I remember back when I was arranging for care givers for my Mother. One lady said to me caring for the elderly was not so different from caring for babies. They were just bigger. I remember thinking my Mom would have been livid at that assessment.
The care giver had her point though. I've been giving a lot of thought to the practice of "mothering" these days. I don't have children, but I'm mothering never-the-less, with Bacchus. Our animals are the only ones we go full cycle with as a general rule. For humans, parents aren't supposed to outlive their children. Unfortunately, that isn't always the way. I understand that pain. Even if my experience has been with dogs. It is my reality.
We started with a bundle of fluff, albeit a large one, that you could watch grow on a daily basis. We struggled through potty training, teething, switching from baby food to adult food. We lived through the terrible twos to the teens all within two years. We enjoyed the antics and adventures of youth and the dignity that came with maturity. We nursed scrapes and scratches and runny noses and sticky stuff in fur and bug bites. And now we wake each morning wondering if the old grey head will rise once more. Full cycle.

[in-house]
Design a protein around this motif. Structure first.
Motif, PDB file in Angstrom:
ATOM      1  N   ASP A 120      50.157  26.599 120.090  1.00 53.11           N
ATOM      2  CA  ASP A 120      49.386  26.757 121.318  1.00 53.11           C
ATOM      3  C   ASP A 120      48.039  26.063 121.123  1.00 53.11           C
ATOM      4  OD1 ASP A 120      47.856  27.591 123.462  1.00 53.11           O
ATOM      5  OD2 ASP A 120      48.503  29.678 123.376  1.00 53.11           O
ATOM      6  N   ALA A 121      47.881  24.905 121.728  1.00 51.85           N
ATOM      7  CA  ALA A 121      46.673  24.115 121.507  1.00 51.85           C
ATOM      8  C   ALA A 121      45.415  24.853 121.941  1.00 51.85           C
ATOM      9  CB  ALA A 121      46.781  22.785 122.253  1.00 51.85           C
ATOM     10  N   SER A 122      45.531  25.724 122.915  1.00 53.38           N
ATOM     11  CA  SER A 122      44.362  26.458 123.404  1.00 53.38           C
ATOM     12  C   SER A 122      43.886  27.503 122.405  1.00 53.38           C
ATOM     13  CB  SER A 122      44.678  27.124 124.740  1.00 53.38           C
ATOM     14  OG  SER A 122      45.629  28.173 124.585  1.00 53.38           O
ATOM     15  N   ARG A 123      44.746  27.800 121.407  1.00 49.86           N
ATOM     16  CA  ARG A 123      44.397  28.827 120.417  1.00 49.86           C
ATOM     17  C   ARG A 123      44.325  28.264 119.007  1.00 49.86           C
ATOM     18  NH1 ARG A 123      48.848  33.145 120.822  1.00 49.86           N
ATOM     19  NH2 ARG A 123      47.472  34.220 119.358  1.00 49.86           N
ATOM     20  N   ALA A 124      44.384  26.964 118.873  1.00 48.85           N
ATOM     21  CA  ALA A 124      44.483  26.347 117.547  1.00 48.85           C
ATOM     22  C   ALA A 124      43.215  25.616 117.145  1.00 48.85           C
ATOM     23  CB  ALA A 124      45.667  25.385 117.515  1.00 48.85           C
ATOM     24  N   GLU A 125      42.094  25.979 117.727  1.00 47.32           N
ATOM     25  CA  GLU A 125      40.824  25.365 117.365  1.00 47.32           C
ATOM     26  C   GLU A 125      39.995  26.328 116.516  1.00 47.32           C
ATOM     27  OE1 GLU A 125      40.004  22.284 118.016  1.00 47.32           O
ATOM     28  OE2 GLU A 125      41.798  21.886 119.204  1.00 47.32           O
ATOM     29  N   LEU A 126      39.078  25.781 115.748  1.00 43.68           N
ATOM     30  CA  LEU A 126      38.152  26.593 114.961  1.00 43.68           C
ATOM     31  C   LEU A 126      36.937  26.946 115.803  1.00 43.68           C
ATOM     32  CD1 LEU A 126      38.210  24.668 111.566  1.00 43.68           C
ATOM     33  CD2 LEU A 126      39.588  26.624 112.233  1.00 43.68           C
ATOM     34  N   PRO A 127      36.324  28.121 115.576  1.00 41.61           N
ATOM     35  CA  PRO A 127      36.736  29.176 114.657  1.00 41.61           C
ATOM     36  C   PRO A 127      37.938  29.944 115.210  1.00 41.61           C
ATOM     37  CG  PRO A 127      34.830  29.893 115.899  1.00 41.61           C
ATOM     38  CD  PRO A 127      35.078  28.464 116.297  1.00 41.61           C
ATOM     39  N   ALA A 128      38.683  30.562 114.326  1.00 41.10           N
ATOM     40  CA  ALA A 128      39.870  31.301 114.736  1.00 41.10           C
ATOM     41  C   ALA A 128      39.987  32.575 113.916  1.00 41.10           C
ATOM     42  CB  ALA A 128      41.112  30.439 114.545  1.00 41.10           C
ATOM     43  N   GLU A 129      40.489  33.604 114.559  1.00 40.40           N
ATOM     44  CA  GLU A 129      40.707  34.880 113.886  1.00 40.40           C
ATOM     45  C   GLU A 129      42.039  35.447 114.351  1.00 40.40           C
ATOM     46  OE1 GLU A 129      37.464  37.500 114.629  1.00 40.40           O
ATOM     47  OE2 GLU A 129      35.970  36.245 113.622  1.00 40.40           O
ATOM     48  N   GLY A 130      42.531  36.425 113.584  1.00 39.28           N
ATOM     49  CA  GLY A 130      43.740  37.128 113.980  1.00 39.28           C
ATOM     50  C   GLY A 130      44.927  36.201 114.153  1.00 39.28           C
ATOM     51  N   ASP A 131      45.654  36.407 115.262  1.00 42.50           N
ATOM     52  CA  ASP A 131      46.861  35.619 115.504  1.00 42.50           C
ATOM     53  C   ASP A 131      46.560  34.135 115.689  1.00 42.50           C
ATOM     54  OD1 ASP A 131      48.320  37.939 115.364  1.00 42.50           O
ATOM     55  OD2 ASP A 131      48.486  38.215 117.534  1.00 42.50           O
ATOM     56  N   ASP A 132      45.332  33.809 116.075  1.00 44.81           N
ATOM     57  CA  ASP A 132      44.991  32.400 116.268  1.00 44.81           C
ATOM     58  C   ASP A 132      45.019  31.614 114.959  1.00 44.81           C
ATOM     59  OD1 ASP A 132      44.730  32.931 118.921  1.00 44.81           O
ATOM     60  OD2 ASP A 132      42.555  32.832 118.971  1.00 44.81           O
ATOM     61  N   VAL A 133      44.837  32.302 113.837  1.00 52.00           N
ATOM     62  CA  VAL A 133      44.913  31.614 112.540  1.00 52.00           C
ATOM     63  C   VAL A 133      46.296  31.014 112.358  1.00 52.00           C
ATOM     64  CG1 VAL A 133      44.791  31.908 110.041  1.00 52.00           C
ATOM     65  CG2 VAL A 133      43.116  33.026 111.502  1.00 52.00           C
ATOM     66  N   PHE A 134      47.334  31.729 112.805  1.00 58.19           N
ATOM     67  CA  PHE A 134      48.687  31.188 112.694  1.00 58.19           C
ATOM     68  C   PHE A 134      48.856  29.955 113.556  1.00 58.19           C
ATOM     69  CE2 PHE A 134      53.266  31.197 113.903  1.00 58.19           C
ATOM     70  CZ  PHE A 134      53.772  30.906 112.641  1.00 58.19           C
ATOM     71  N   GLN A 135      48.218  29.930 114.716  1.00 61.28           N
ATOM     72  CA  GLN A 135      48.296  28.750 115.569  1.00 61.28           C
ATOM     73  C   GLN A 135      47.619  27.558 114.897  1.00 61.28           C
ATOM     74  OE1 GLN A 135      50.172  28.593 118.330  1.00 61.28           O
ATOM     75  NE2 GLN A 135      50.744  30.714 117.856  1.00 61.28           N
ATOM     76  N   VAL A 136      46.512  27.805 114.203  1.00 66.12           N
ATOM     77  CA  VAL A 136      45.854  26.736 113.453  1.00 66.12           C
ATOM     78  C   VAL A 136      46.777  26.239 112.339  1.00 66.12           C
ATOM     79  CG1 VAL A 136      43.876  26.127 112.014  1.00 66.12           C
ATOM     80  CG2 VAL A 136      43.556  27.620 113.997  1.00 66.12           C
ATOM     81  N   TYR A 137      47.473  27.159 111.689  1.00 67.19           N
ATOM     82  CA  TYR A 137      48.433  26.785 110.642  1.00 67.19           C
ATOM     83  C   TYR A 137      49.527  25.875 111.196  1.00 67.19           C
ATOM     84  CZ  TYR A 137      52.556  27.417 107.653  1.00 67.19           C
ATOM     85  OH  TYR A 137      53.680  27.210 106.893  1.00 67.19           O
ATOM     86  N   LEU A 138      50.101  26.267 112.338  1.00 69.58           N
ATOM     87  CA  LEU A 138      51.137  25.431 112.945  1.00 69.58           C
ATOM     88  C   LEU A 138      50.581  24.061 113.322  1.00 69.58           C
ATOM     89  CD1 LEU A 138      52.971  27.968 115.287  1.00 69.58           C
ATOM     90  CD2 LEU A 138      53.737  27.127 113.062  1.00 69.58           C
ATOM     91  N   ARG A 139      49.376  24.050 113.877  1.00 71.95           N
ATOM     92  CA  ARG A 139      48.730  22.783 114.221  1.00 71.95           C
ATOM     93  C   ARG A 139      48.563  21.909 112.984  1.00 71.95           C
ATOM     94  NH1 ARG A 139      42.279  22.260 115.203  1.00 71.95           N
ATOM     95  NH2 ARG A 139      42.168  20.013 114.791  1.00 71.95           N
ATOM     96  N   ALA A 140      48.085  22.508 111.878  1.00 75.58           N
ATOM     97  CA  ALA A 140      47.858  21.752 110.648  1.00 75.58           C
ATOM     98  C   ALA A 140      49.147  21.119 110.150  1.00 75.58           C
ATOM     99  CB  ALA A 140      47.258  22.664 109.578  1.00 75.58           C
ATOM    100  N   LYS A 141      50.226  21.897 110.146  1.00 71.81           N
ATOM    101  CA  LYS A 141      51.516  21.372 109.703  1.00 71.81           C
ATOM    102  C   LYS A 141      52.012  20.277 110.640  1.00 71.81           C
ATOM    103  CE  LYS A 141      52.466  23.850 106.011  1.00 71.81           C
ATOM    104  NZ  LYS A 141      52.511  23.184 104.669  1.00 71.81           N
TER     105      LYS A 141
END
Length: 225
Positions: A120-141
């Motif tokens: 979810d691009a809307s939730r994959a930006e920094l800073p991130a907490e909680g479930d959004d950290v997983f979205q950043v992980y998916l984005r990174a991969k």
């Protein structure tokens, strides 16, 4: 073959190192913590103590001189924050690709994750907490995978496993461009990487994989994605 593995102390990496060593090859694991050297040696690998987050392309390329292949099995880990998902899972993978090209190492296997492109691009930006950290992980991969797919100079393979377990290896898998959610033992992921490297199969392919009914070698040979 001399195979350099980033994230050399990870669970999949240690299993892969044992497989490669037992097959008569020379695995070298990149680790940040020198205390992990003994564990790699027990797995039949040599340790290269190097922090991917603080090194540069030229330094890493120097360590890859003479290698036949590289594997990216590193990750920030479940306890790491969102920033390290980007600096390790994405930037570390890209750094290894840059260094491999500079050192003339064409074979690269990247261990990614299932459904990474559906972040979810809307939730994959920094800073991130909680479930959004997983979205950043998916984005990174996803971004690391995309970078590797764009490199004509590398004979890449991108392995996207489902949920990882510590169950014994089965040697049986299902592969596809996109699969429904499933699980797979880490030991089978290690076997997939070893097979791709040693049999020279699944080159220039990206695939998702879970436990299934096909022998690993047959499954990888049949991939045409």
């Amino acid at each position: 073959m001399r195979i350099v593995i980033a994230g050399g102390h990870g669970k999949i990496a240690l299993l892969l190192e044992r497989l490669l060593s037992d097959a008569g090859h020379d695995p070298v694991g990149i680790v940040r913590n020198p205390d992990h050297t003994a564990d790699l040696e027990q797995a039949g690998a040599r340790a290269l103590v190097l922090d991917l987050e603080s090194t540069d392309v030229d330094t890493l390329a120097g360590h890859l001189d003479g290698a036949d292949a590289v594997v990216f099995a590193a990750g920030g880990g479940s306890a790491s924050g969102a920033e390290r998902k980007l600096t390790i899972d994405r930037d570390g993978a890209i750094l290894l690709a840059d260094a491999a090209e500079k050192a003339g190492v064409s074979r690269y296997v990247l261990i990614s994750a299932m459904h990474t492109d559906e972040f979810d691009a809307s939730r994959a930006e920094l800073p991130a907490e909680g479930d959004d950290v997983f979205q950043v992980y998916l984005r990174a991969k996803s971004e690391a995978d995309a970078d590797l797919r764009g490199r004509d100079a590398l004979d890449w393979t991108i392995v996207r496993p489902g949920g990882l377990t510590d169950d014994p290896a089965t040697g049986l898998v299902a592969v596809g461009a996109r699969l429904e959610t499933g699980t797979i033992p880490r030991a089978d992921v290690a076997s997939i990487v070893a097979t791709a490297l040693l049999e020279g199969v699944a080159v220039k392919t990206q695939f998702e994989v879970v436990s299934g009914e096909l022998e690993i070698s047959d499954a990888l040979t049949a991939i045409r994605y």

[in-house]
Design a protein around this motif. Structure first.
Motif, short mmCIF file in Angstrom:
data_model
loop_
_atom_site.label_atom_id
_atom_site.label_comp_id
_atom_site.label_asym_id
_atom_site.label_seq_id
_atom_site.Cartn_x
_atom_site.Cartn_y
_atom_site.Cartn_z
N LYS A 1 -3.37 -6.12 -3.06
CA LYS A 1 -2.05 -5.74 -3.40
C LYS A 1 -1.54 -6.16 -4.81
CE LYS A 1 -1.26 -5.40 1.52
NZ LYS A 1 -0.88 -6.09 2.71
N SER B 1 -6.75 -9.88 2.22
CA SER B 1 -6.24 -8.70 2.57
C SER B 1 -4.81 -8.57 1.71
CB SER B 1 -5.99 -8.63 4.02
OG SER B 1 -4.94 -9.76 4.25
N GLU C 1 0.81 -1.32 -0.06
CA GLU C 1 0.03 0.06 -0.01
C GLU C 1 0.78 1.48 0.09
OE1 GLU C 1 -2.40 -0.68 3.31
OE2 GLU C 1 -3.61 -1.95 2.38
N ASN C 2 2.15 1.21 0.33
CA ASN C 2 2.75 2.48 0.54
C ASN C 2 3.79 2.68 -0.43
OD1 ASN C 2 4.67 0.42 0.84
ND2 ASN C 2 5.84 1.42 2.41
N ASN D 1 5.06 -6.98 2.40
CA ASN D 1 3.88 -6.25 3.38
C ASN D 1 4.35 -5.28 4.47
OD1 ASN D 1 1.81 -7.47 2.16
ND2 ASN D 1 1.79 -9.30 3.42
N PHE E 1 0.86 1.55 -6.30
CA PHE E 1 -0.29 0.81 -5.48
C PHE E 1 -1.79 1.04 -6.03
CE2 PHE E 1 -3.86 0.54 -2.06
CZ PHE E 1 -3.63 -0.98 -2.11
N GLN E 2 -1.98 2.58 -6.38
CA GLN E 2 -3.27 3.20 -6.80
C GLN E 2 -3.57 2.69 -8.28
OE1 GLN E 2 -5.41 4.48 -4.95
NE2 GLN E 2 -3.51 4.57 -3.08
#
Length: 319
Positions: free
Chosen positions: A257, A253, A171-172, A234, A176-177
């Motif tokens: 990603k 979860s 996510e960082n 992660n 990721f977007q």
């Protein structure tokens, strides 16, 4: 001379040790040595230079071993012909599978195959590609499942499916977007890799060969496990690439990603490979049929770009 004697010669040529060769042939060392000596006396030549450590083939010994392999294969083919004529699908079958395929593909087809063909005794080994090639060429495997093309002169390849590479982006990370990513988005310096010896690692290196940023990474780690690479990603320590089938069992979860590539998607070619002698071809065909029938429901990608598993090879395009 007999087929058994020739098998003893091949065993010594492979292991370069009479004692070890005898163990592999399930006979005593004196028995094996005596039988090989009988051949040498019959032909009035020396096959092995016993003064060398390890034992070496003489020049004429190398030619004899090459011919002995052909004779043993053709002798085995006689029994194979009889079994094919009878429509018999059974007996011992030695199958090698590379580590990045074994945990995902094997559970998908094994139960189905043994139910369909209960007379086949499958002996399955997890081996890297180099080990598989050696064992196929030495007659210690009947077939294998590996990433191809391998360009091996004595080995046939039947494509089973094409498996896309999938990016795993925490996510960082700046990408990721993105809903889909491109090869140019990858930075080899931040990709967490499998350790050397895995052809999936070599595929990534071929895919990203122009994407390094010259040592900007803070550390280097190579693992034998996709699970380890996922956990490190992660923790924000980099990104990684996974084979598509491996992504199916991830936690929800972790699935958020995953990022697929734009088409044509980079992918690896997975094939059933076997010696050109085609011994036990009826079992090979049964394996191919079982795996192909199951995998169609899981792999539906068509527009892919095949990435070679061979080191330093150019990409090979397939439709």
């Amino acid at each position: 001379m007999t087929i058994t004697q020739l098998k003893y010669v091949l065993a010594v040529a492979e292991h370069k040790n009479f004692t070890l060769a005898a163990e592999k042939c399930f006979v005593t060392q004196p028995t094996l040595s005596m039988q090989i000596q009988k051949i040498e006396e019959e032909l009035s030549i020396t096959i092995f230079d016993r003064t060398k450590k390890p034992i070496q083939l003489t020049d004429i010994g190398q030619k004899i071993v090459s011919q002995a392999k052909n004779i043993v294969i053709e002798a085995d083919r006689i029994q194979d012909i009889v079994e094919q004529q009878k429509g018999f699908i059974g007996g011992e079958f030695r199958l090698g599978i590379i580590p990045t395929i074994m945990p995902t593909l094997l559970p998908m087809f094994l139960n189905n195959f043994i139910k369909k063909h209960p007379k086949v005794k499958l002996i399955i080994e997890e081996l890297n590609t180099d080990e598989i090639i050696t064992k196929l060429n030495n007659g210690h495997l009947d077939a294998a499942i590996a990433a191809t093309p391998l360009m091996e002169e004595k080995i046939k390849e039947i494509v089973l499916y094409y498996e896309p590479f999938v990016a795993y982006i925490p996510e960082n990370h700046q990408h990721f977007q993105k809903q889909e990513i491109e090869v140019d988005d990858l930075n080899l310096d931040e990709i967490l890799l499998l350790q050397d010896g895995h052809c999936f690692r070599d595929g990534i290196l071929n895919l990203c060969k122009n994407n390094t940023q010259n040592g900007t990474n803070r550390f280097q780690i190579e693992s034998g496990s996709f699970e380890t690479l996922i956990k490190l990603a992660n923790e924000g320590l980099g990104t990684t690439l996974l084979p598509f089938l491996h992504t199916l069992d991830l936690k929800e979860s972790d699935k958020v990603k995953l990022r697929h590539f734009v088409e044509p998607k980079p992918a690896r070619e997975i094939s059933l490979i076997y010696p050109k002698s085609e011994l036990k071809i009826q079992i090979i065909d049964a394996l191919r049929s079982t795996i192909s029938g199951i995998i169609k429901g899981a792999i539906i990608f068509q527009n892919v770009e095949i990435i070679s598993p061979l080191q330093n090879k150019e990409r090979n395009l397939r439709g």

Mother's Day is a designated day of appreciation for all of this.
Spring is the perfect time. I remember many years ago when I did publicity for a small zoo in Washington. Spring birthing season was the time of year to get the TV crews to come out and photograph the new born. I've been marvelling at the mating and nesting habits of our backyard birds. The broken wing act of the Killdeer and the ferocious in-your-face screeching when you get to close, to the bullying of the Magpies. We have them all. They're all wonderful, living creatures bringing life into this world and nurturing it until it's able to fend for itself.
A couple of weeks ago a friend sent me a link to a live feed of an eagle's nest. I've watched her sit the eggs, watched them hatch and watched her feed them. She fusses over them, warms them, it touches one's soul.
It's a female thing that spans species wherever and whatever they may be. It's who we are and what we are meant to do in the grand scheme of things, each in our own way.
Another video has been making the rounds. I've received it from several people. It's a couple of years old, has been edited to be a nature film and sums it up perfectly. Add your look to the three million who have already viewed it. Don't mute it, the track is part of the story. It's motherhood - in all it's glory.